In brief: Apple Pay currently makes up 5 percent of global transactions, and analysts strongly believe it could double by 2025. The company's service launched in 2014, and is looking increasingly capable of competing with payment giants like Paypal, not to mention helping Apple grow its revenue in the face of slowing iPhone sales.
If we look at its latest financial report, Apple still makes most of its money from iPhone sales, which remain strong in the face of longer replacement cycles. However, buried in the details is one of the company's most successful bets - Apple Pay, which is expected to make up ten percent of all card transactions by 2025.
It's easy to overlook this in Apple's quarterly reports, since the company chooses to lump together numbers for all of its services. But when you think about it, there are now 1.5 billion Apple devices in use, and the convenience of Apple Pay coupled with growing support at retailers and other services makes it a particularly attractive option for mobile payments - so much so that no less than 15 billion transactions have been made through it.
According to a Quartz report citing analysts from research firm Bernstein, Apple Pay is currently used in around five percent of global card transactions, which makes it look increasingly capable of taking on established payment processing services like PayPal, which has been expanding in Asia and snapping up companies left and right, such as comparison shopping service Honey and payments startup iZettle.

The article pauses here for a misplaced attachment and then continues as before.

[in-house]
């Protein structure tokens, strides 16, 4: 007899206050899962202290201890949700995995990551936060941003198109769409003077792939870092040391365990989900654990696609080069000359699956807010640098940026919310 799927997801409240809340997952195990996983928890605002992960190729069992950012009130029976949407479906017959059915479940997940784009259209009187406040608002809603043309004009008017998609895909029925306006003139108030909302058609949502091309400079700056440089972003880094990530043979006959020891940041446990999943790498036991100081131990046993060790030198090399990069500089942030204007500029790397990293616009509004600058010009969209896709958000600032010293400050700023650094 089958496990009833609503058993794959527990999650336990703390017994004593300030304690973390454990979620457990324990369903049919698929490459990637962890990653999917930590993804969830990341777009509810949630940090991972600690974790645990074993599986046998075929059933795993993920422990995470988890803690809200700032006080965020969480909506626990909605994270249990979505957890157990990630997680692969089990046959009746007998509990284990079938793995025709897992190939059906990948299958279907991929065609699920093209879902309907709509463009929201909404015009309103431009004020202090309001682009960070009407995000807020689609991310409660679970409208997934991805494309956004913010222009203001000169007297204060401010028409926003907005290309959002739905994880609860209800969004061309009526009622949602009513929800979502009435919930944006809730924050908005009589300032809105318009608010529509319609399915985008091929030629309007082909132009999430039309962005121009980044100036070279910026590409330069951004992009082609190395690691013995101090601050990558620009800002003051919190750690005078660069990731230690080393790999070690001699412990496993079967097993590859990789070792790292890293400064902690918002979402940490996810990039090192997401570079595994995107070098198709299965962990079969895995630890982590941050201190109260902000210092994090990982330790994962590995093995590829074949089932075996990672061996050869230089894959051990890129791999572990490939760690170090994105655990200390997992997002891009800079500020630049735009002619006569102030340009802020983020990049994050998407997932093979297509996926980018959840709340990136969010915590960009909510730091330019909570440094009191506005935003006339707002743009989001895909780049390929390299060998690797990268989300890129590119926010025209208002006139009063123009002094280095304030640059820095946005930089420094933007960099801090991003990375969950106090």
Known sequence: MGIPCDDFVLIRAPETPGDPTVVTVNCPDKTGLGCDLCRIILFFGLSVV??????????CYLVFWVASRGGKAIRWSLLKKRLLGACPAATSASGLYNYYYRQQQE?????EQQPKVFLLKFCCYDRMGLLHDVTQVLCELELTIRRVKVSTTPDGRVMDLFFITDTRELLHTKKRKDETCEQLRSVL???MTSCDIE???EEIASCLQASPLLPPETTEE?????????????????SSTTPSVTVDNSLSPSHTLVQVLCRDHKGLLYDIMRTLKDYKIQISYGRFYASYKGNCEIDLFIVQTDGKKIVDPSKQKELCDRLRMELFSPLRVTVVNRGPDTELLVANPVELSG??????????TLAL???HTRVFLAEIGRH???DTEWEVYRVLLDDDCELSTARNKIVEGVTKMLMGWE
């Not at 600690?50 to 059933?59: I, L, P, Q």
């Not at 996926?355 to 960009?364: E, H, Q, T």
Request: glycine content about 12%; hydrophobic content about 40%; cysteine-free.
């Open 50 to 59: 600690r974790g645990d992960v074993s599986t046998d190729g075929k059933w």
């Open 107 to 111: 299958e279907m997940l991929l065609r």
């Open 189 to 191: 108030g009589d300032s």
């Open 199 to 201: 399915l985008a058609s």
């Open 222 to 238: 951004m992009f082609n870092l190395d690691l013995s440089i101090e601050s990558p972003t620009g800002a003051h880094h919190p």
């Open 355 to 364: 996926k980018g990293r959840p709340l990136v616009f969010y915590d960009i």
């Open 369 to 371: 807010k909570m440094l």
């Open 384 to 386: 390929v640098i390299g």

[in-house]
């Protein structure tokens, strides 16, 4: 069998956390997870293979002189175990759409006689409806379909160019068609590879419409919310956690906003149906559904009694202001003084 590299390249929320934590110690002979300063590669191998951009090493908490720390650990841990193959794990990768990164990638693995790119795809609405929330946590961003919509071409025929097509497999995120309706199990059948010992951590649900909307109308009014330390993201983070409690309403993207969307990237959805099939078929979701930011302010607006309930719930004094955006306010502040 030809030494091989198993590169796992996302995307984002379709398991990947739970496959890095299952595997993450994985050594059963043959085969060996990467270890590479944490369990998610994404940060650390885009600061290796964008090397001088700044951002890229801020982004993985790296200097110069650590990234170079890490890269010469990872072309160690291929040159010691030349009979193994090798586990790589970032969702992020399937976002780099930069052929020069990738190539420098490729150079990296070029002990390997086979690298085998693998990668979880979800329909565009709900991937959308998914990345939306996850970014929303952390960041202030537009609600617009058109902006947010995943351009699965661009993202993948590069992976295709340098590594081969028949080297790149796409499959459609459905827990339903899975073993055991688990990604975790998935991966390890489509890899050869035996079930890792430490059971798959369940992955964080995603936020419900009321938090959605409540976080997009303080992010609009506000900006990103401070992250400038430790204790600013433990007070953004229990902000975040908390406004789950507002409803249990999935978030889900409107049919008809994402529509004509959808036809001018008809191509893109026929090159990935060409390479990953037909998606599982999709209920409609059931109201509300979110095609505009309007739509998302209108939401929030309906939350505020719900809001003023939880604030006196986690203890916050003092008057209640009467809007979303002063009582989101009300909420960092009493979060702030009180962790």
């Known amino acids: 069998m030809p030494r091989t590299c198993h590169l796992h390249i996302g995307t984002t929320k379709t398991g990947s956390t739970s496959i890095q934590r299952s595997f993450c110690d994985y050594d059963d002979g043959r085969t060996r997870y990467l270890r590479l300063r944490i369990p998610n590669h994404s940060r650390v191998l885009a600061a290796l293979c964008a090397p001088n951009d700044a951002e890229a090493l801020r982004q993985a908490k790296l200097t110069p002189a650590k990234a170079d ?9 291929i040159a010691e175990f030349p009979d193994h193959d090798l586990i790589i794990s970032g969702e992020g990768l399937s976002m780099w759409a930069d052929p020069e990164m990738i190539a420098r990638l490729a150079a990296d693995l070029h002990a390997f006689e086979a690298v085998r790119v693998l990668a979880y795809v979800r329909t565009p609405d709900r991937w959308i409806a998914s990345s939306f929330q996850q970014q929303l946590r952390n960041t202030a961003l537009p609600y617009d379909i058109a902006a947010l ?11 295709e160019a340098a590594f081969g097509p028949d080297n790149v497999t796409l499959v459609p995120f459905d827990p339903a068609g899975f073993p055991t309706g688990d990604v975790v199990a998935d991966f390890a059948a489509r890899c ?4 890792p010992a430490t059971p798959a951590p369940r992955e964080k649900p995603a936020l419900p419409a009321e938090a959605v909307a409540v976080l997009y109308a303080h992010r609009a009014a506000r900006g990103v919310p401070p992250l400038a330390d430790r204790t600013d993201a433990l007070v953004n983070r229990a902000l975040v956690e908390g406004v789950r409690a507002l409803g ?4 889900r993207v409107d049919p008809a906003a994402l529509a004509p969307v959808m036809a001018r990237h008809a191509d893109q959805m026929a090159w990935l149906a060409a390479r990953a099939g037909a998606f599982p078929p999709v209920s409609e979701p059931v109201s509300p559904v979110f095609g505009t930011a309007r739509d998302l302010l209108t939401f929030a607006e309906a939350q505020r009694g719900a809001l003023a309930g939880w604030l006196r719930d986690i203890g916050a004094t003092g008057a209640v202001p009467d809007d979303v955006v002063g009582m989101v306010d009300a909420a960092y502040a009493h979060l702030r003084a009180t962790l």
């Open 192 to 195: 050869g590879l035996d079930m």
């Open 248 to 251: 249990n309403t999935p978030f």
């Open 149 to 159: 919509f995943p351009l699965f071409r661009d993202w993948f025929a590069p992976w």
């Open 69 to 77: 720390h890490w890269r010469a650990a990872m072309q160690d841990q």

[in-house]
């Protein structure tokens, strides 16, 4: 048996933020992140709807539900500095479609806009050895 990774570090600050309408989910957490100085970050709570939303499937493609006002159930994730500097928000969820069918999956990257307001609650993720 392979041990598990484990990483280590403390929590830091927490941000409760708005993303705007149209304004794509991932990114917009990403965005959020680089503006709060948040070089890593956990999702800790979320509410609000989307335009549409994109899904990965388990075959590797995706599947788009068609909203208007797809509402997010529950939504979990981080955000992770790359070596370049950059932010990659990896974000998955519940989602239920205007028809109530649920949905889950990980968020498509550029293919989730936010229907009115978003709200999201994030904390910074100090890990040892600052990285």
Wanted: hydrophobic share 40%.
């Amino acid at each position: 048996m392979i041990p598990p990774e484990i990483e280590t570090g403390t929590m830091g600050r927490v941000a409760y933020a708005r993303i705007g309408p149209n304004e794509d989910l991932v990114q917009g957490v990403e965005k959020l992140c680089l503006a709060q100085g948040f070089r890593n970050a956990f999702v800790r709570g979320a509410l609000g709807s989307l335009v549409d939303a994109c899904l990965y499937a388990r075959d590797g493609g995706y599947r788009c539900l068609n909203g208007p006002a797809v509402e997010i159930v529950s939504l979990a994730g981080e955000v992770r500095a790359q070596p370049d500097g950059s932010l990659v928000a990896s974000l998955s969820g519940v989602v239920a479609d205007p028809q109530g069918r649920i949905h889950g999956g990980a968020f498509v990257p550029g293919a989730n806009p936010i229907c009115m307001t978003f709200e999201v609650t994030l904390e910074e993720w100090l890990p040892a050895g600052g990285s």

Apple's new focus is on monetizing its loyal customer base with services, and taking a slice of the $1 trillion payments industry could help its growth story. The Cupertino giant's services division made more than $12 billion in revenue in the last quarter of last year, and the company is even looking into bundling all of its services to attract more users. Making Apple Pay work well with most apps and services would further amplify revenue generated within its ecosystem.
The ecosystem advantage can't be overstated, since Apple doesn't expose NFC payments to other payment services. In the US, Apple Pay has already surpassed Starbucks, Google Pay, and Samsung Pay as the most used mobile payments platform. But as the service is expanding in Asia and Europe, it faces challenging legislation like that passed by Germany which forces Apple to expose its NFC chip to competing mobile payment services. In China, it has relatively slim chances of competing with QR code-based services offered by Tencent and Alibaba.
Overall, Apple Pay looks set to fuel contactless transactions worldwide, which are estimated to reach $6 trillion by 2024. If we consider that banks pay Apple 0.15 percent of every transaction, the case can be made that Apple Pay could soon become a multi-billion dollar business. And if that doesn't happen, there's always Apple Card.